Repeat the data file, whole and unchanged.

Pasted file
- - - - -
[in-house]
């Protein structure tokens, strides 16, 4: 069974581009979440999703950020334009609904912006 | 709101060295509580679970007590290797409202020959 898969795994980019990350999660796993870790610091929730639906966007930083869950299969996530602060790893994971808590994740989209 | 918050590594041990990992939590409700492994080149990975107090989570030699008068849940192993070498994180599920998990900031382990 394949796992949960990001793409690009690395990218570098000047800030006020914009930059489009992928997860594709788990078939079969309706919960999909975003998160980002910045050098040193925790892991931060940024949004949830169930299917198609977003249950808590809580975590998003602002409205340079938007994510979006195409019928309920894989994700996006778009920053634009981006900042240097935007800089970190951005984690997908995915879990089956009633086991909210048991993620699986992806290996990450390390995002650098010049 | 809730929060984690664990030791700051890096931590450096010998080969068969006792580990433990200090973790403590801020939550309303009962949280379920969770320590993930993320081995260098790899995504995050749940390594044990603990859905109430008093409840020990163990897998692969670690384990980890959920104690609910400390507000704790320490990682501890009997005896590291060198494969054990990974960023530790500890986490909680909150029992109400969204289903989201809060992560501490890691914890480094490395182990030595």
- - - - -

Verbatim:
[in-house]
């Protein structure tokens, strides 16, 4: 069974581009979440999703950020334009609904912006 | 709101060295509580679970007590290797409202020959 898969795994980019990350999660796993870790610091929730639906966007930083869950299969996530602060790893994971808590994740989209 | 918050590594041990990992939590409700492994080149990975107090989570030699008068849940192993070498994180599920998990900031382990 394949796992949960990001793409690009690395990218570098000047800030006020914009930059489009992928997860594709788990078939079969309706919960999909975003998160980002910045050098040193925790892991931060940024949004949830169930299917198609977003249950808590809580975590998003602002409205340079938007994510979006195409019928309920894989994700996006778009920053634009981006900042240097935007800089970190951005984690997908995915879990089956009633086991909210048991993620699986992806290996990450390390995002650098010049 | 809730929060984690664990030791700051890096931590450096010998080969068969006792580990433990200090973790403590801020939550309303009962949280379920969770320590993930993320081995260098790899995504995050749940390594044990603990859905109430008093409840020990163990897998692969670690384990980890959920104690609910400390507000704790320490990682501890009997005896590291060198494969054990990974960023530790500890986490909680909150029992109400969204289903989201809060992560501490890691914890480094490395182990030595």